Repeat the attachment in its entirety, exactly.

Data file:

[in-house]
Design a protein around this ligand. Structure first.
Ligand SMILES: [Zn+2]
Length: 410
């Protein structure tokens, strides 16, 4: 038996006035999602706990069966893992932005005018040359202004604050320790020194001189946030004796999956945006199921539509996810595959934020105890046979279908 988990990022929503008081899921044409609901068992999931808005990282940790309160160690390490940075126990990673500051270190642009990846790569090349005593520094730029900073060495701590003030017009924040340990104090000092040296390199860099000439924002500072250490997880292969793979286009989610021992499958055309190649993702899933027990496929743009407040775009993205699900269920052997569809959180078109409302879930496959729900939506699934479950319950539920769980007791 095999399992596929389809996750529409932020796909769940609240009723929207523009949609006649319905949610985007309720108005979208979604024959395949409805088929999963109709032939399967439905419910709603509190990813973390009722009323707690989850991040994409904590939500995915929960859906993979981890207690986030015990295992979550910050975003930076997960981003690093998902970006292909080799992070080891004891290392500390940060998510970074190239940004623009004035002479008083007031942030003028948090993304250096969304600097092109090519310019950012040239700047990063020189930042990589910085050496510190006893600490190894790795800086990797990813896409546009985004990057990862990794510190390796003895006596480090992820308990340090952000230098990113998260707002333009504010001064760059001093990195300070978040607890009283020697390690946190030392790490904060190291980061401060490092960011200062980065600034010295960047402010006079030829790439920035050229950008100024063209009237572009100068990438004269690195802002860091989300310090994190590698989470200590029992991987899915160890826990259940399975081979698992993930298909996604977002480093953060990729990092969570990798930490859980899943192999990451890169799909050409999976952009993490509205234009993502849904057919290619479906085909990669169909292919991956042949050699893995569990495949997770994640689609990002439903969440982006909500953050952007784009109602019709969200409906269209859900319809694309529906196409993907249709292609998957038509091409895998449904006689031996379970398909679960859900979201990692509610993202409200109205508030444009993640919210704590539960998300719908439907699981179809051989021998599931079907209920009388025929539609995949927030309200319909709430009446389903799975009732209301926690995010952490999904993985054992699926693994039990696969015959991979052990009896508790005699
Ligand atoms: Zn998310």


[in-house]
Design a protein around this ligand. Structure first.
Ligand SMILES: [Zn+2]
Length: 410
């Protein structure tokens, strides 16, 4: 038996006035999602706990069966893992932005005018040359202004604050320790020194001189946030004796999956945006199921539509996810595959934020105890046979279908 988990990022929503008081899921044409609901068992999931808005990282940790309160160690390490940075126990990673500051270190642009990846790569090349005593520094730029900073060495701590003030017009924040340990104090000092040296390199860099000439924002500072250490997880292969793979286009989610021992499958055309190649993702899933027990496929743009407040775009993205699900269920052997569809959180078109409302879930496959729900939506699934479950319950539920769980007791 095999399992596929389809996750529409932020796909769940609240009723929207523009949609006649319905949610985007309720108005979208979604024959395949409805088929999963109709032939399967439905419910709603509190990813973390009722009323707690989850991040994409904590939500995915929960859906993979981890207690986030015990295992979550910050975003930076997960981003690093998902970006292909080799992070080891004891290392500390940060998510970074190239940004623009004035002479008083007031942030003028948090993304250096969304600097092109090519310019950012040239700047990063020189930042990589910085050496510190006893600490190894790795800086990797990813896409546009985004990057990862990794510190390796003895006596480090992820308990340090952000230098990113998260707002333009504010001064760059001093990195300070978040607890009283020697390690946190030392790490904060190291980061401060490092960011200062980065600034010295960047402010006079030829790439920035050229950008100024063209009237572009100068990438004269690195802002860091989300310090994190590698989470200590029992991987899915160890826990259940399975081979698992993930298909996604977002480093953060990729990092969570990798930490859980899943192999990451890169799909050409999976952009993490509205234009993502849904057919290619479906085909990669169909292919991956042949050699893995569990495949997770994640689609990002439903969440982006909500953050952007784009109602019709969200409906269209859900319809694309529906196409993907249709292609998957038509091409895998449904006689031996379970398909679960859900979201990692509610993202409200109205508030444009993640919210704590539960998300719908439907699981179809051989021998599931079907209920009388025929539609995949927030309200319909709430009446389903799975009732209301926690995010952490999904993985054992699926693994039990696969015959991979052990009896508790005699
Ligand atoms: Zn998310």